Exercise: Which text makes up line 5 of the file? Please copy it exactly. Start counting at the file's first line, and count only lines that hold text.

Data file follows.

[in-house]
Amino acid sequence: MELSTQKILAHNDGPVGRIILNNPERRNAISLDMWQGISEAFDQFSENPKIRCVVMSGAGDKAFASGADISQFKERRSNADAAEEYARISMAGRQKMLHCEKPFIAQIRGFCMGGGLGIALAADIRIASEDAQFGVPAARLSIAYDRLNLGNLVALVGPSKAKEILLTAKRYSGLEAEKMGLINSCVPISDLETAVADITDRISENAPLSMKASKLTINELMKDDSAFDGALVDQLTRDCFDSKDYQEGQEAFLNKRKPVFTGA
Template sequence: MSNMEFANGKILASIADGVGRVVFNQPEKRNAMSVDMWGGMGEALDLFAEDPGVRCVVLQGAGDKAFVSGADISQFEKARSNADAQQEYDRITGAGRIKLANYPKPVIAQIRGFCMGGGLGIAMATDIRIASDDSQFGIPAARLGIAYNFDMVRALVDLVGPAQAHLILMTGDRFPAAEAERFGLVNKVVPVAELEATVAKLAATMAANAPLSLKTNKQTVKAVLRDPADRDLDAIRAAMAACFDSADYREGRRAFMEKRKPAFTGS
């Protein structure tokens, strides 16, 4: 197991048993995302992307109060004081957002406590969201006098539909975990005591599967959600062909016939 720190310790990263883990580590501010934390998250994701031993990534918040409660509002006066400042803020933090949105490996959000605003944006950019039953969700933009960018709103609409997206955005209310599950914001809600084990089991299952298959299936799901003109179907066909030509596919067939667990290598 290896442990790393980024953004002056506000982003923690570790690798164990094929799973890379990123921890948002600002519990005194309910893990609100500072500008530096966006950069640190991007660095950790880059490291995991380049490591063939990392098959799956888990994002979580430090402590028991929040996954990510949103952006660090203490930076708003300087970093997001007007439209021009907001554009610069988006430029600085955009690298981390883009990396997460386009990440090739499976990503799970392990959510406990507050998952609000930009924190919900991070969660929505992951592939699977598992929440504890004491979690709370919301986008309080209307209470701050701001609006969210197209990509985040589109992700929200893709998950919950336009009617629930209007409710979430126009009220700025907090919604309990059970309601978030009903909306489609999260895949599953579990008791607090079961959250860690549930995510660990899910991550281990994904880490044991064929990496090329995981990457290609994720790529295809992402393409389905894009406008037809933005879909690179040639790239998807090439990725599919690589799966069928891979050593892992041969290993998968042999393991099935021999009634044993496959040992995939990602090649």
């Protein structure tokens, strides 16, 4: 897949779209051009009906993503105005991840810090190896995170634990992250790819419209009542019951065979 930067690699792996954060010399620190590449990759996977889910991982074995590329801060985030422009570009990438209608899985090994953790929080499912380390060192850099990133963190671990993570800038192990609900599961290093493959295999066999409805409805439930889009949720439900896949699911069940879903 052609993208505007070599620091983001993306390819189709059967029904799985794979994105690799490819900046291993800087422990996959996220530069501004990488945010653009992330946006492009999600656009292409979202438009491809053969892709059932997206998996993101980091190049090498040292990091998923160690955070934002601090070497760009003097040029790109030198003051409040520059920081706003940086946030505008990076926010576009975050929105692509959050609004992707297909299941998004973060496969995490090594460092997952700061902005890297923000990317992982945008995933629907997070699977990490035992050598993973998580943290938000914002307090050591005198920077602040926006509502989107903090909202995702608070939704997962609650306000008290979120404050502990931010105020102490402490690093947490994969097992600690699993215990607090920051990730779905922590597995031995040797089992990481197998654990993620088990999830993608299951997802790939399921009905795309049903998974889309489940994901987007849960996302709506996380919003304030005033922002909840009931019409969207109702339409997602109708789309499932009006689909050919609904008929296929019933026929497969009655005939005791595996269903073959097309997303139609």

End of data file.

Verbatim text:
């Protein structure tokens, strides 16, 4: 897949779209051009009906993503105005991840810090190896995170634990992250790819419209009542019951065979 930067690699792996954060010399620190590449990759996977889910991982074995590329801060985030422009570009990438209608899985090994953790929080499912380390060192850099990133963190671990993570800038192990609900599961290093493959295999066999409805409805439930889009949720439900896949699911069940879903 052609993208505007070599620091983001993306390819189709059967029904799985794979994105690799490819900046291993800087422990996959996220530069501004990488945010653009992330946006492009999600656009292409979202438009491809053969892709059932997206998996993101980091190049090498040292990091998923160690955070934002601090070497760009003097040029790109030198003051409040520059920081706003940086946030505008990076926010576009975050929105692509959050609004992707297909299941998004973060496969995490090594460092997952700061902005890297923000990317992982945008995933629907997070699977990490035992050598993973998580943290938000914002307090050591005198920077602040926006509502989107903090909202995702608070939704997962609650306000008290979120404050502990931010105020102490402490690093947490994969097992600690699993215990607090920051990730779905922590597995031995040797089992990481197998654990993620088990999830993608299951997802790939399921009905795309049903998974889309489940994901987007849960996302709506996380919003304030005033922002909840009931019409969207109702339409997602109708789309499932009006689909050919609904008929296929019933026929497969009655005939005791595996269903073959097309997303139609």